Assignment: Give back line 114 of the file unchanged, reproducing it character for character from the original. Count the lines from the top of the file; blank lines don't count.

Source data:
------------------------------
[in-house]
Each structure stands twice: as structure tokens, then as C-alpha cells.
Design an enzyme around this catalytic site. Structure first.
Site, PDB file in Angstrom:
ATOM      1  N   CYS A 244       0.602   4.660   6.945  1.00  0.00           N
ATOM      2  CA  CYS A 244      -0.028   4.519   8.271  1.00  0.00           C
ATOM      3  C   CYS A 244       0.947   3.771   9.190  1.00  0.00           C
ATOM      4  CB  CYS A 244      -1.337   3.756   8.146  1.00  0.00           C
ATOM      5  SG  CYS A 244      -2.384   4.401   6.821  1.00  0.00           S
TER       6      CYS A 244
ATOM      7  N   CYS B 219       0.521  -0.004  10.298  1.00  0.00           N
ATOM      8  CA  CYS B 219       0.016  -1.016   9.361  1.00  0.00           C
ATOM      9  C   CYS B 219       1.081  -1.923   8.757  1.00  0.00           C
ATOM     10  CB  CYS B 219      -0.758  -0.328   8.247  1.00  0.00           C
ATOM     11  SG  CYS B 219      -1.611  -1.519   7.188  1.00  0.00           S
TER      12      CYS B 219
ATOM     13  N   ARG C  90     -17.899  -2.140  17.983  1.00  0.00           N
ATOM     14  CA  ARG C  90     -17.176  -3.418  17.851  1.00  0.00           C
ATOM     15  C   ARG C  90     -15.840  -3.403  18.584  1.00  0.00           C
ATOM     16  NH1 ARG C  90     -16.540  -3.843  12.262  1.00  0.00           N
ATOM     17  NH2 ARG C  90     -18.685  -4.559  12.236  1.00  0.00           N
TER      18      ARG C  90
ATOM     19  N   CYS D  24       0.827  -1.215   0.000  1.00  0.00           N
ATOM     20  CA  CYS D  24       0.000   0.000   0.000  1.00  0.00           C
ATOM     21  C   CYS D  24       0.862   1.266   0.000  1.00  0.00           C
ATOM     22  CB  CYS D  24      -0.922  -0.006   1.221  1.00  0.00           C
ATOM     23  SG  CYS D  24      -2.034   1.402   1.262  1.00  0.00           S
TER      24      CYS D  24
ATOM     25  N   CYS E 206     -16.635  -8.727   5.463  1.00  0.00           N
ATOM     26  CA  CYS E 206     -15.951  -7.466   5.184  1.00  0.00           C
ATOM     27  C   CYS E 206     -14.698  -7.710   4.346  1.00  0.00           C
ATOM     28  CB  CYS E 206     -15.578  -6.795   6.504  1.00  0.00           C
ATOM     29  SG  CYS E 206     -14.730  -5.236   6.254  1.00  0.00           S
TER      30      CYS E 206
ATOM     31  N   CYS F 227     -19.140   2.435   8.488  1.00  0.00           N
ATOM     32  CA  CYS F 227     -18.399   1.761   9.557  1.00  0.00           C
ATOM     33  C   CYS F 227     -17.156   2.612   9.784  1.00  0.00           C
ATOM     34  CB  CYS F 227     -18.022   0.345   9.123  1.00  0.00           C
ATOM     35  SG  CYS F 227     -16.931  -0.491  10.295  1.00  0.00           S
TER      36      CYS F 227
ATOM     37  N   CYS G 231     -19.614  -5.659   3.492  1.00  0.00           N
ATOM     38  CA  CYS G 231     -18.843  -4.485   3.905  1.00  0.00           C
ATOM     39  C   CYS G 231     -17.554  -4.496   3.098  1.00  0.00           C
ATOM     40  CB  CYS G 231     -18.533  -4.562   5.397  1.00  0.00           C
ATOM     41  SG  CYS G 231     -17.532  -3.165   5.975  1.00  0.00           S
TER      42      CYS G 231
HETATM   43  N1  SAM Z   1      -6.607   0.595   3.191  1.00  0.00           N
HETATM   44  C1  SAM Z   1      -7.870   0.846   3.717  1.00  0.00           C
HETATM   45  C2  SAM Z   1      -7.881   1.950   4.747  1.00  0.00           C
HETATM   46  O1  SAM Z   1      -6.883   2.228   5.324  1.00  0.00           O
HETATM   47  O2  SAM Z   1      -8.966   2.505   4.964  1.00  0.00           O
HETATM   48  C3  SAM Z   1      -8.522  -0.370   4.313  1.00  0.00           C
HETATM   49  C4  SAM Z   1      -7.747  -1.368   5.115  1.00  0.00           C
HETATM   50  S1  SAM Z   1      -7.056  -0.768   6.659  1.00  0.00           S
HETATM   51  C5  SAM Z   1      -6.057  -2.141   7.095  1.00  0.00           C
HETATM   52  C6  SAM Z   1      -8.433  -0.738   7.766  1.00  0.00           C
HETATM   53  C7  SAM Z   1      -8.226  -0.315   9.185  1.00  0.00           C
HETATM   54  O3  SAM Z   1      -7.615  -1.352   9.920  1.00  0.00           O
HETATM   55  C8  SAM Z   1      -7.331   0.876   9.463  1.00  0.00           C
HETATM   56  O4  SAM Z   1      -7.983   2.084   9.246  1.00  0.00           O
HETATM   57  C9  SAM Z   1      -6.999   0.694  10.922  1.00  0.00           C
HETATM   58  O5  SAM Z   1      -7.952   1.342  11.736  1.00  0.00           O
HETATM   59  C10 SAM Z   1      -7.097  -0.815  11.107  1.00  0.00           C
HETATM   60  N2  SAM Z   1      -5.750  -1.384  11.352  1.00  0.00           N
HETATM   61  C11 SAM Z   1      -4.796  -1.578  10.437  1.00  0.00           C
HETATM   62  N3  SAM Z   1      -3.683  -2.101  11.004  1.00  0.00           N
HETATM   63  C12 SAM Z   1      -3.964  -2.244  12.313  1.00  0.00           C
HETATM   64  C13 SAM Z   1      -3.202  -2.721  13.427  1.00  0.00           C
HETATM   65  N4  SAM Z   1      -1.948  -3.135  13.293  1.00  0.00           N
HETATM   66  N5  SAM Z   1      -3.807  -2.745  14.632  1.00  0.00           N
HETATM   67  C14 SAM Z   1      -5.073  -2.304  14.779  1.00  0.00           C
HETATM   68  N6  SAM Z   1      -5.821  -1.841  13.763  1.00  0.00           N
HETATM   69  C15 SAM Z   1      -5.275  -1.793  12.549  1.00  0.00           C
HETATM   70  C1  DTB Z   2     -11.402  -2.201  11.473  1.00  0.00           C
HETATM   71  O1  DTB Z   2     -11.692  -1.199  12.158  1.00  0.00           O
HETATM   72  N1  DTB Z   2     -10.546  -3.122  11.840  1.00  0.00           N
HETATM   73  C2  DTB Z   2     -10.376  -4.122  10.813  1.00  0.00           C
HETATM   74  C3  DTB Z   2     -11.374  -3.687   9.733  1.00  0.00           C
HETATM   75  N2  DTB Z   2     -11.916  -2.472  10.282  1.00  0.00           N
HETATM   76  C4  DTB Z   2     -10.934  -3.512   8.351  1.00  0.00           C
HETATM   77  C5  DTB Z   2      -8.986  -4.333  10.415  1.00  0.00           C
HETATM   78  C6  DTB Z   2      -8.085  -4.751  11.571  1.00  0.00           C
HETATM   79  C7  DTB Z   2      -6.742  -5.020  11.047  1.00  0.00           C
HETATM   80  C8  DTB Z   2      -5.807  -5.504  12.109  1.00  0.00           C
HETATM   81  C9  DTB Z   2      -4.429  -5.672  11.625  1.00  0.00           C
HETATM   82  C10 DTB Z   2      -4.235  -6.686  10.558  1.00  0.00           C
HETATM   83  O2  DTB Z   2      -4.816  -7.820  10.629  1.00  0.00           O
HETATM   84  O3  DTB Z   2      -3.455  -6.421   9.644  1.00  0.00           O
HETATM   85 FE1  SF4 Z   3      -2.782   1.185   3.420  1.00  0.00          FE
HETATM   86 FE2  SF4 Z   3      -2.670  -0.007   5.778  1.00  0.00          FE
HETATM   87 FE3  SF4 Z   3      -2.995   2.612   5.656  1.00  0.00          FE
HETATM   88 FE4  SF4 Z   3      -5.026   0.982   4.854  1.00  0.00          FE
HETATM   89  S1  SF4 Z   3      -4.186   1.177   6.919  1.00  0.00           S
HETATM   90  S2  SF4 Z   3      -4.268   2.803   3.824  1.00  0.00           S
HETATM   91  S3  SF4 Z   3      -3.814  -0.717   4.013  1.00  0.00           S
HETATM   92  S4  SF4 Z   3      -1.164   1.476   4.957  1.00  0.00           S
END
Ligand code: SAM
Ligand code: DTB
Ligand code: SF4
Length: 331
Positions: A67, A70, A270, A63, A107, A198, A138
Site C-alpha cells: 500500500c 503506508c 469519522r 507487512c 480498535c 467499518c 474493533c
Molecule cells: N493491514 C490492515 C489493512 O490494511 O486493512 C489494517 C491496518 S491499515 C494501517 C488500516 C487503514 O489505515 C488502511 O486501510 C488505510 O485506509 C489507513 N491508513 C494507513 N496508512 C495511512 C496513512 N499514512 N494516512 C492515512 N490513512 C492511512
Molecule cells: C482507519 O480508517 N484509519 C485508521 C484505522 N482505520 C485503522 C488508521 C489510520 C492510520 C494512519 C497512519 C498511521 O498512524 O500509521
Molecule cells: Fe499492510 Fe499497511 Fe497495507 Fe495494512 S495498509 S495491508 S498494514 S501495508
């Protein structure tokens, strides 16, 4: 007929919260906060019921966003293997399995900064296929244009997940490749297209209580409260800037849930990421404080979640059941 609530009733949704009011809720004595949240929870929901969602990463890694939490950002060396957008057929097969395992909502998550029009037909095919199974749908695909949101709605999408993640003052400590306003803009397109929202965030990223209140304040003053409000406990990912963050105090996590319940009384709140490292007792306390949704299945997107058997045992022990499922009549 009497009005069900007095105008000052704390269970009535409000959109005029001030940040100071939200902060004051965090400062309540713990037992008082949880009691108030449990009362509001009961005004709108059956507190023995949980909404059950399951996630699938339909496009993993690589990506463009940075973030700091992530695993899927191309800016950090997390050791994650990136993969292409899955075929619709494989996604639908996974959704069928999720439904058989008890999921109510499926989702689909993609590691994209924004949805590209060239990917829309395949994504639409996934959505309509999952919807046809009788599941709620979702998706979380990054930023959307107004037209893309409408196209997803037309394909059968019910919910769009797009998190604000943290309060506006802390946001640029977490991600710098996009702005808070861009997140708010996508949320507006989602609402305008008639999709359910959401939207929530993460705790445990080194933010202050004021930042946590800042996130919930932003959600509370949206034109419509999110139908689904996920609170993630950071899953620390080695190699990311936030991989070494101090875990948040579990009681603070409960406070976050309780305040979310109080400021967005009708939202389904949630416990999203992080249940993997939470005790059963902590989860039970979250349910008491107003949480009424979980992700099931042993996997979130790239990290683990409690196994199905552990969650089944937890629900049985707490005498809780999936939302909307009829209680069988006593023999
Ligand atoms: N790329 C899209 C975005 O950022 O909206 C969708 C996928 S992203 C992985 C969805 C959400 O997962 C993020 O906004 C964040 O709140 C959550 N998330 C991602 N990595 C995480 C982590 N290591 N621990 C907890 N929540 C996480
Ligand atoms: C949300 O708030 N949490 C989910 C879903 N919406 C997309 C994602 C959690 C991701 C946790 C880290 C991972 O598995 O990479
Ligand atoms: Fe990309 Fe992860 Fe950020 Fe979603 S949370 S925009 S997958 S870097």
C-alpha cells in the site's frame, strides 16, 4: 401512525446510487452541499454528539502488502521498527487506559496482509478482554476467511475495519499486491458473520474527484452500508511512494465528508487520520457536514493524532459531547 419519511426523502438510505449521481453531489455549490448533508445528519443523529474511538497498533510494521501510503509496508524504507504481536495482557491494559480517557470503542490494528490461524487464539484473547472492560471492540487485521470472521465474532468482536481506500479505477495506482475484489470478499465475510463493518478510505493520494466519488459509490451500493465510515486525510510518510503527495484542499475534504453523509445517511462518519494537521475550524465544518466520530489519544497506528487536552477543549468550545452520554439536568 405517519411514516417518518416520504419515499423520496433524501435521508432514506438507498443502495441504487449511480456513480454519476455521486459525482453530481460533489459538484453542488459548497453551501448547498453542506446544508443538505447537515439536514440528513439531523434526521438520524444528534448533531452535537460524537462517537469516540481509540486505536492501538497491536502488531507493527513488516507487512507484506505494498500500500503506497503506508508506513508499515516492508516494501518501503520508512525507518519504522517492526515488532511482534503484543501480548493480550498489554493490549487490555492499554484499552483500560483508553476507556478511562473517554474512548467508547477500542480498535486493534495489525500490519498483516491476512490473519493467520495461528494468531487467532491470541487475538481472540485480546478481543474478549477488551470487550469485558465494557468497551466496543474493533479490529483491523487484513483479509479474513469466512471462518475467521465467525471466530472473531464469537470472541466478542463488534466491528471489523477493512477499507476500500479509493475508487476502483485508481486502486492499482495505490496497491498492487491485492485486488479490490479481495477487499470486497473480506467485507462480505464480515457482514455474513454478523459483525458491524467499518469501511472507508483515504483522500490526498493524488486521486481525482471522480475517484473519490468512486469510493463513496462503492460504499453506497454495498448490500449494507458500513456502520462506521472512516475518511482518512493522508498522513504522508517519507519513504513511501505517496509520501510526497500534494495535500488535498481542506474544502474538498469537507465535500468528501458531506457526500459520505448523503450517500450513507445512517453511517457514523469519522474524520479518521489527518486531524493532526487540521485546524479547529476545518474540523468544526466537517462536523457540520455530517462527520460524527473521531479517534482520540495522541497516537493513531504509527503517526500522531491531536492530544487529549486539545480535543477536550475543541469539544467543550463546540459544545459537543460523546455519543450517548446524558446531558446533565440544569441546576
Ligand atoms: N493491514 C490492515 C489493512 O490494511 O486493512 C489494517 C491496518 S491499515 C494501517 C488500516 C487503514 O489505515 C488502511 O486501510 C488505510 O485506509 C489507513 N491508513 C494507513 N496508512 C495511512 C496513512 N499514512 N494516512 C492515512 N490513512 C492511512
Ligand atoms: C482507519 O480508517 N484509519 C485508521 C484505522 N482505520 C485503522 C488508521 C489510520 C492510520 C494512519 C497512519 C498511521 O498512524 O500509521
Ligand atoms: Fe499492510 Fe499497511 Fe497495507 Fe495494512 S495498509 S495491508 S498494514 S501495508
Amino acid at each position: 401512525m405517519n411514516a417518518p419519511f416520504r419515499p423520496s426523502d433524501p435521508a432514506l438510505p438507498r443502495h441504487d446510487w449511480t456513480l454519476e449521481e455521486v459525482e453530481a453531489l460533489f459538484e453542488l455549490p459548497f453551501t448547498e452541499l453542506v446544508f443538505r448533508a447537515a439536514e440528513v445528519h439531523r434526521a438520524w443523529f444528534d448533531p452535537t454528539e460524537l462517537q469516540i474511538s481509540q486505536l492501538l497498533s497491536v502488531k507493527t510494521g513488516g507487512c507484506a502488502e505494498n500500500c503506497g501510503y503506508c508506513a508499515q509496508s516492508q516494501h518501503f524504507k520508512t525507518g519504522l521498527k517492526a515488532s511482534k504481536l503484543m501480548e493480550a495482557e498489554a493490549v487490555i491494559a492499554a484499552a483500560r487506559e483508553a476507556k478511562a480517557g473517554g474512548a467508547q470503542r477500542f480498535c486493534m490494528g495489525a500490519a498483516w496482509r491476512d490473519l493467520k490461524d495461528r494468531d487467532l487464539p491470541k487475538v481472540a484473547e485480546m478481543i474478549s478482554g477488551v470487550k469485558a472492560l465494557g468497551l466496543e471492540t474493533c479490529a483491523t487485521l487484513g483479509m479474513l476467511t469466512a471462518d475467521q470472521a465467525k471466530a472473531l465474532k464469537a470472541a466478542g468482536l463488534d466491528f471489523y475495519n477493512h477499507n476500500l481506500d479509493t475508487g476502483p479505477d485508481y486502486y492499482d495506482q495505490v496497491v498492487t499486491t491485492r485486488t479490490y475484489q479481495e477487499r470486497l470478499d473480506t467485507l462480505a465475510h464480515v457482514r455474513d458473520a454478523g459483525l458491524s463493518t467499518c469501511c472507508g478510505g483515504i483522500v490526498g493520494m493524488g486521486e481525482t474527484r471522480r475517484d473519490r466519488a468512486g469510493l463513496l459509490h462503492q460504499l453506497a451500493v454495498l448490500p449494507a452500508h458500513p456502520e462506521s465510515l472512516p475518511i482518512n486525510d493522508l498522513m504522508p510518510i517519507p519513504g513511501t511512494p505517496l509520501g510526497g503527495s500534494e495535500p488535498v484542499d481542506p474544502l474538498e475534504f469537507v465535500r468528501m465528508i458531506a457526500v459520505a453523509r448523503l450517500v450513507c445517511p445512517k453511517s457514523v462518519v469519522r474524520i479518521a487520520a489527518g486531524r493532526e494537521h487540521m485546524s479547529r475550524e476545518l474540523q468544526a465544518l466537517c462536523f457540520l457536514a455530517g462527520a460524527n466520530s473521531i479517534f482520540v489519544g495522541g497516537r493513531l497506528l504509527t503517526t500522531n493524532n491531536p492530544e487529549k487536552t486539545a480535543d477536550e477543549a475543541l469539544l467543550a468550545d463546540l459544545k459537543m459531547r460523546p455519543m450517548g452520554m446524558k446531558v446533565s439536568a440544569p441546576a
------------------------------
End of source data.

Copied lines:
Ligand atoms: Fe499492510 Fe499497511 Fe497495507 Fe495494512 S495498509 S495491508 S498494514 S501495508